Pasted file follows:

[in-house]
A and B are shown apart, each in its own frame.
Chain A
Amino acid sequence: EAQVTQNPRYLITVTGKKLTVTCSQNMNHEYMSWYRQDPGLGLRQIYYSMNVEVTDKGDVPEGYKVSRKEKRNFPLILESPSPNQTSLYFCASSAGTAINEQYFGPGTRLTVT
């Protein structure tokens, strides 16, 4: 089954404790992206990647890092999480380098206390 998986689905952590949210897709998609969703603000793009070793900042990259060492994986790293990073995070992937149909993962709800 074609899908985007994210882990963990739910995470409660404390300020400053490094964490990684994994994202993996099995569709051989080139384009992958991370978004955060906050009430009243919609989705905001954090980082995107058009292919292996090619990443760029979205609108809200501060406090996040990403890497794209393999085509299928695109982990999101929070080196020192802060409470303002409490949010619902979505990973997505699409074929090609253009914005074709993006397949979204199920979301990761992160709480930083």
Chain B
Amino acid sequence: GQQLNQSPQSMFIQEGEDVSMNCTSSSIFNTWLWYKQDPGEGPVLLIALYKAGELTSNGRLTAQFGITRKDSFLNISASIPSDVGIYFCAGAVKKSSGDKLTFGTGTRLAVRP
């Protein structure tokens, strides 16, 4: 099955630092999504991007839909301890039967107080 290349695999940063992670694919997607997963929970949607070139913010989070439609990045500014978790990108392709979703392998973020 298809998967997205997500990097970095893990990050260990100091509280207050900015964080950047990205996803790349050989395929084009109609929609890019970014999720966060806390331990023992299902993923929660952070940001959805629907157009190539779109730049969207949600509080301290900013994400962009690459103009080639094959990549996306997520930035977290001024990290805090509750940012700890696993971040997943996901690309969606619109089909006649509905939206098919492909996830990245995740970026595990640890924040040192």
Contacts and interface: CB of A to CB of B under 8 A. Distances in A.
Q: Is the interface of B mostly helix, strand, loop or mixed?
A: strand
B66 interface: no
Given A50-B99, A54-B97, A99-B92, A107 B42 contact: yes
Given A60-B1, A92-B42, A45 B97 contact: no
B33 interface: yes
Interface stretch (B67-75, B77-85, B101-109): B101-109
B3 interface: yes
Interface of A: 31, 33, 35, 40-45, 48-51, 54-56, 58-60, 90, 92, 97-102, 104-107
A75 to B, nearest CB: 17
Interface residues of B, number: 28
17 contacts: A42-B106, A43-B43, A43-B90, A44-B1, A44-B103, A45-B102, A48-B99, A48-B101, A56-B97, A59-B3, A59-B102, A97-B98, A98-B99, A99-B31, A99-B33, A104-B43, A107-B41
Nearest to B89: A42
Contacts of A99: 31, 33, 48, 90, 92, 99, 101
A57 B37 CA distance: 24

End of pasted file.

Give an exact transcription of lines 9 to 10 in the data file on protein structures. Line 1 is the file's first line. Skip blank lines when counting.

Contacts and interface: CB of A to CB of B under 8 A. Distances in A.
Q: Is the interface of B mostly helix, strand, loop or mixed?